Zach’s Weather Whys: Humidity

Zach's Weather Whys

PEORIA, Ill. — Whether you describe it as sticky or muggy, humidity plays a big role in our summer here in Central Illinois.

Humidity can be categorized in levels from pleasant, all the way to miserable. It depends on the dew point, which is the temperature the air needs to drop to become saturated. The air is considered pleasant when dew points are lower than 55 degrees.

As the dewpoint increases, the air gradually gets more uncomfortable. Anything more than a dew point of 76 is considered oppressive and it does live up to its title.

Some of the highest dew points tend to show up in the Midwest during the afternoons from mid-to-late Summer. The extensive amount of corn and other crops put a lot of extra water vapor into the air which causes the humidity to spike.

According to the U.S. Geological Survey, just one acre of corn sweats off 3,000 – 4,000 gallons of water a day! Corn and other plants transpire through their leaves and that extra water gets evaporated into the air which increases the dew point. The dew point in a corn field can be as much as 5 degrees higher than area that has no crops.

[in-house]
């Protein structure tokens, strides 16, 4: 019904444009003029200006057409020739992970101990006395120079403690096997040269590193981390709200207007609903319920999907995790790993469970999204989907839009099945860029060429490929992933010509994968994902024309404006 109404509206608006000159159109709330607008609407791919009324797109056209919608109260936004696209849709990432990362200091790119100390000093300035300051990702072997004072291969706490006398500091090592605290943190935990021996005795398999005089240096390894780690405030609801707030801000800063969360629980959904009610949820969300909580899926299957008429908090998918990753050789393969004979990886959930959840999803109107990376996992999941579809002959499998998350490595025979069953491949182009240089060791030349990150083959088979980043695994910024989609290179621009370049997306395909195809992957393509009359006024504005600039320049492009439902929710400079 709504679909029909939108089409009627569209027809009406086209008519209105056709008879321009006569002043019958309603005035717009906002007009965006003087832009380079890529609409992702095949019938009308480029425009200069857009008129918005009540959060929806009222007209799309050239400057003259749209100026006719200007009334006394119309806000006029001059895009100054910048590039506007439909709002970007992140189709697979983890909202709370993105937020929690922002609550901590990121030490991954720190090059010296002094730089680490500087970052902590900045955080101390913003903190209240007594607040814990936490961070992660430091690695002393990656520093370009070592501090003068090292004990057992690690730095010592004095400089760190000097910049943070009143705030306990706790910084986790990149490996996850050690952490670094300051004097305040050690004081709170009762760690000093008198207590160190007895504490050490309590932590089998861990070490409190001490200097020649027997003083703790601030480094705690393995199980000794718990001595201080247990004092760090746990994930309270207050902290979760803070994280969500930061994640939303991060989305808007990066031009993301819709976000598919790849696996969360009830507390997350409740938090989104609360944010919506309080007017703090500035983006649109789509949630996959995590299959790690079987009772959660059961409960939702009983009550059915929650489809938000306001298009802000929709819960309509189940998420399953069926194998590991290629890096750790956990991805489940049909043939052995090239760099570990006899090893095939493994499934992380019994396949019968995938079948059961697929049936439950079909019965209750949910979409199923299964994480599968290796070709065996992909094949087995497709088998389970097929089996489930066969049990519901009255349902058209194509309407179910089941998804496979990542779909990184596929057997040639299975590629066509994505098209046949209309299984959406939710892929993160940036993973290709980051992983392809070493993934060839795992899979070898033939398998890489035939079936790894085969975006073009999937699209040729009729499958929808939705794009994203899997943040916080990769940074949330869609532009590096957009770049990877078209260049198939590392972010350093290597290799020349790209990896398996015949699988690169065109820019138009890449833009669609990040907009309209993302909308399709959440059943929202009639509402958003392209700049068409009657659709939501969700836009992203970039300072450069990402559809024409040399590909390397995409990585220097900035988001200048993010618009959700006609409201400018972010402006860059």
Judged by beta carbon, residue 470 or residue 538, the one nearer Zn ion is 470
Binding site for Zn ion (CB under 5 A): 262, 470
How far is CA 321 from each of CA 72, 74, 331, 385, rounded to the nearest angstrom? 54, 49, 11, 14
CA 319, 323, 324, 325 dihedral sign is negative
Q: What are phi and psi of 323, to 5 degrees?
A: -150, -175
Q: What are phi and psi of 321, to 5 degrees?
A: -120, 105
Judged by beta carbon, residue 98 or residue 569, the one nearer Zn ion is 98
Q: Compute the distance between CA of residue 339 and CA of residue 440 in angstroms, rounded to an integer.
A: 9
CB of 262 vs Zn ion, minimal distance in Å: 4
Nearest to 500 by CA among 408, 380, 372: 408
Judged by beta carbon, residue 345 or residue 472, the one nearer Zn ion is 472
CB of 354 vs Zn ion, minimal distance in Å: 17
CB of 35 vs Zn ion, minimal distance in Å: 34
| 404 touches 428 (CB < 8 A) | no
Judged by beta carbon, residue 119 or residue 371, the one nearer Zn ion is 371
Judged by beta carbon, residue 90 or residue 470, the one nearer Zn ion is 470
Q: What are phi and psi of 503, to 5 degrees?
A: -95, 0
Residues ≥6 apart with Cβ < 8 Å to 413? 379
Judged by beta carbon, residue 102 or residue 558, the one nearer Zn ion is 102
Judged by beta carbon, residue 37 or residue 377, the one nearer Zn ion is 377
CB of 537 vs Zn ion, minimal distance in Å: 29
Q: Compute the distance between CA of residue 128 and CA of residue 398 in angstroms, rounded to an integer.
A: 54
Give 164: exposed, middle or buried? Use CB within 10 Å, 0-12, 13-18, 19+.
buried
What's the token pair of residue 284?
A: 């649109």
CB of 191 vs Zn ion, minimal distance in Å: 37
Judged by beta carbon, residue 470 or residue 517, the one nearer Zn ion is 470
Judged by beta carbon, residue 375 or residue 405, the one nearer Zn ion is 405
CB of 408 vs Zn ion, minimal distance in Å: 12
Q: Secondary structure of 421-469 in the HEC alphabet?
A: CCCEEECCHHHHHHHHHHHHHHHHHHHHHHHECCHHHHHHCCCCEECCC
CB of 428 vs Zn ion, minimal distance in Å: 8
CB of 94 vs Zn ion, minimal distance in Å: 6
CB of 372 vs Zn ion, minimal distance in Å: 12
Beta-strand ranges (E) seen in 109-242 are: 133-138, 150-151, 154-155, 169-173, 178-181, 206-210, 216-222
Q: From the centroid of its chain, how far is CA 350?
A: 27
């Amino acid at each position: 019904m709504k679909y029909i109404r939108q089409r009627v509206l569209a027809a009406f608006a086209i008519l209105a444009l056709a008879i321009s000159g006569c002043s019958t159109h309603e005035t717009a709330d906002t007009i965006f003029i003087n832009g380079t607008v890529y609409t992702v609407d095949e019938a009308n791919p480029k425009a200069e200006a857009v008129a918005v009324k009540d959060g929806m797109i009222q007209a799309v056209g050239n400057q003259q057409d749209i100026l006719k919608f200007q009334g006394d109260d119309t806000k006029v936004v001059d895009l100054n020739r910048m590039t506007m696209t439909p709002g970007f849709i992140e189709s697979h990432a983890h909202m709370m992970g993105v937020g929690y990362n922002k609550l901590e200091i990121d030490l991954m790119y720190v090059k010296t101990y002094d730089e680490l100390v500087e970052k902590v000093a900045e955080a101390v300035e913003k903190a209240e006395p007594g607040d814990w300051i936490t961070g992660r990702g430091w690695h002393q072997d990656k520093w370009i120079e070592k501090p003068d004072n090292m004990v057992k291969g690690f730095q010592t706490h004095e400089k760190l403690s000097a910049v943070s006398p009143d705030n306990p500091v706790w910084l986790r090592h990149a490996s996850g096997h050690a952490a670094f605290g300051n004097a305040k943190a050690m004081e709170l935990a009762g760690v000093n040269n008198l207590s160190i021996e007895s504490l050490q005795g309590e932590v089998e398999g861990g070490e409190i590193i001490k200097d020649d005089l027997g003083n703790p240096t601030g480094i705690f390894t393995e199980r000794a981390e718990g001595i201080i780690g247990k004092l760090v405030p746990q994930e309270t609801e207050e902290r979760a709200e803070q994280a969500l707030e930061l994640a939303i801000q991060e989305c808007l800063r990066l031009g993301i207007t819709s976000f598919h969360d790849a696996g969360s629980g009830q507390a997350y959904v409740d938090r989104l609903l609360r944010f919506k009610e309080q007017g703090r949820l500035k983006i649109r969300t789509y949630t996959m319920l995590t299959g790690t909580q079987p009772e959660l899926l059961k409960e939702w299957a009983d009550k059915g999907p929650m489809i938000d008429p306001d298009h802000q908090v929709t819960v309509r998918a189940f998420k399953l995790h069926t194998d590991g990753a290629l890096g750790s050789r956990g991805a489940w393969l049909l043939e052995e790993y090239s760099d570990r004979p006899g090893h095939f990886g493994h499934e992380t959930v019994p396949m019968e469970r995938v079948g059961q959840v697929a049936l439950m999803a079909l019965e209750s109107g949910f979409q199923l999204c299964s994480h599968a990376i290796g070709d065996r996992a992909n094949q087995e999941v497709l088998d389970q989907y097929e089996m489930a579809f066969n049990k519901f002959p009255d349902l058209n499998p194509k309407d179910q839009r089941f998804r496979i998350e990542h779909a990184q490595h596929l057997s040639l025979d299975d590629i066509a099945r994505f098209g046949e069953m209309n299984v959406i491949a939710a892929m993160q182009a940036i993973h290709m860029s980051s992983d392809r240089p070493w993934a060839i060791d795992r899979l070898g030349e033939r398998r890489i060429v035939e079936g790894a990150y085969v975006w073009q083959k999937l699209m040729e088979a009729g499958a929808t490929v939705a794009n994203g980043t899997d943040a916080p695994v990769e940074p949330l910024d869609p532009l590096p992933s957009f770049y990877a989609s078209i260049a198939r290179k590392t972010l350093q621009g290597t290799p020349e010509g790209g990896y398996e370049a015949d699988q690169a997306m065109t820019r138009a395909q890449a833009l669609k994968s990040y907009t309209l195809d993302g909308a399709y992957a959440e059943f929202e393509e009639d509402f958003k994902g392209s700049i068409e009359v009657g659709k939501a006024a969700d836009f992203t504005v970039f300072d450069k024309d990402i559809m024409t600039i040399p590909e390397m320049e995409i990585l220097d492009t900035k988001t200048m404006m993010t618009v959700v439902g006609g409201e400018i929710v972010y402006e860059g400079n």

As a result, it feels hotter than it really is, especially when walking through a farm field. High humidity and hot temperatures are a recipe for a sticky summer afternoon. Our bodies evaporate sweat to cool off and higher levels of humidity caused by corn and other crops prevent a lot of that sweat from evaporating and we can’t cool off that easily.

Even if you don’t live near farmland that humid air can still travel far from the source.

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